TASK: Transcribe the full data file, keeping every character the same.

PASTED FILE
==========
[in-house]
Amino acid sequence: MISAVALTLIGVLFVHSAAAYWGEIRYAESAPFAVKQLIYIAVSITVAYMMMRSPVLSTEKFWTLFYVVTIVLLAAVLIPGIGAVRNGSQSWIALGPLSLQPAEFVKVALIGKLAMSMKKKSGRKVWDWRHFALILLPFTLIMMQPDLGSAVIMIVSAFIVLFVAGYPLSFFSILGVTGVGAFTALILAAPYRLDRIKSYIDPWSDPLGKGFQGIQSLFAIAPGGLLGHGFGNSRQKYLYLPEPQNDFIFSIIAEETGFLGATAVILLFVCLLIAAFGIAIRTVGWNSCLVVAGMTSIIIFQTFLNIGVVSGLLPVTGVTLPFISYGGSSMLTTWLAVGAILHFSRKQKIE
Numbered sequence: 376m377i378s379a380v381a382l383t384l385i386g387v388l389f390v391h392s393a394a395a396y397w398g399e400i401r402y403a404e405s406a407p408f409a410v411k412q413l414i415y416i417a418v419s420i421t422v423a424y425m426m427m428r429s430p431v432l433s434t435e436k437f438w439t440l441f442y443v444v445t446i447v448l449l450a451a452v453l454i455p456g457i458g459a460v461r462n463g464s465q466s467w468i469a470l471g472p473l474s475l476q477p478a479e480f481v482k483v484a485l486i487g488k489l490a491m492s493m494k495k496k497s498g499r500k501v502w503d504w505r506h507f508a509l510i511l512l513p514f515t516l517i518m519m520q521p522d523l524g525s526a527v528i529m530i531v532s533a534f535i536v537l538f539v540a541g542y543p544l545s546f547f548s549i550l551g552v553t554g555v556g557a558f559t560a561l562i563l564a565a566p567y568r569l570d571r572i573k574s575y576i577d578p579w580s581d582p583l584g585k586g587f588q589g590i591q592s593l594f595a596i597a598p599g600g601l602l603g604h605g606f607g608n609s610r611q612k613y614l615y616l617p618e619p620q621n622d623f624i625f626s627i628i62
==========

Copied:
[in-house]
Amino acid sequence: MISAVALTLIGVLFVHSAAAYWGEIRYAESAPFAVKQLIYIAVSITVAYMMMRSPVLSTEKFWTLFYVVTIVLLAAVLIPGIGAVRNGSQSWIALGPLSLQPAEFVKVALIGKLAMSMKKKSGRKVWDWRHFALILLPFTLIMMQPDLGSAVIMIVSAFIVLFVAGYPLSFFSILGVTGVGAFTALILAAPYRLDRIKSYIDPWSDPLGKGFQGIQSLFAIAPGGLLGHGFGNSRQKYLYLPEPQNDFIFSIIAEETGFLGATAVILLFVCLLIAAFGIAIRTVGWNSCLVVAGMTSIIIFQTFLNIGVVSGLLPVTGVTLPFISYGGSSMLTTWLAVGAILHFSRKQKIE
Numbered sequence: 376m377i378s379a380v381a382l383t384l385i386g387v388l389f390v391h392s393a394a395a396y397w398g399e400i401r402y403a404e405s406a407p408f409a410v411k412q413l414i415y416i417a418v419s420i421t422v423a424y425m426m427m428r429s430p431v432l433s434t435e436k437f438w439t440l441f442y443v444v445t446i447v448l449l450a451a452v453l454i455p456g457i458g459a460v461r462n463g464s465q466s467w468i469a470l471g472p473l474s475l476q477p478a479e480f481v482k483v484a485l486i487g488k489l490a491m492s493m494k495k496k497s498g499r500k501v502w503d504w505r506h507f508a509l510i511l512l513p514f515t516l517i518m519m520q521p522d523l524g525s526a527v528i529m530i531v532s533a534f535i536v537l538f539v540a541g542y543p544l545s546f547f548s549i550l551g552v553t554g555v556g557a558f559t560a561l562i563l564a565a566p567y568r569l570d571r572i573k574s575y576i577d578p579w580s581d582p583l584g585k586g587f588q589g590i591q592s593l594f595a596i597a598p599g600g601l602l603g604h605g606f607g608n609s610r611q612k613y614l615y616l617p618e619p620q621n622d623f624i625f626s627i628i62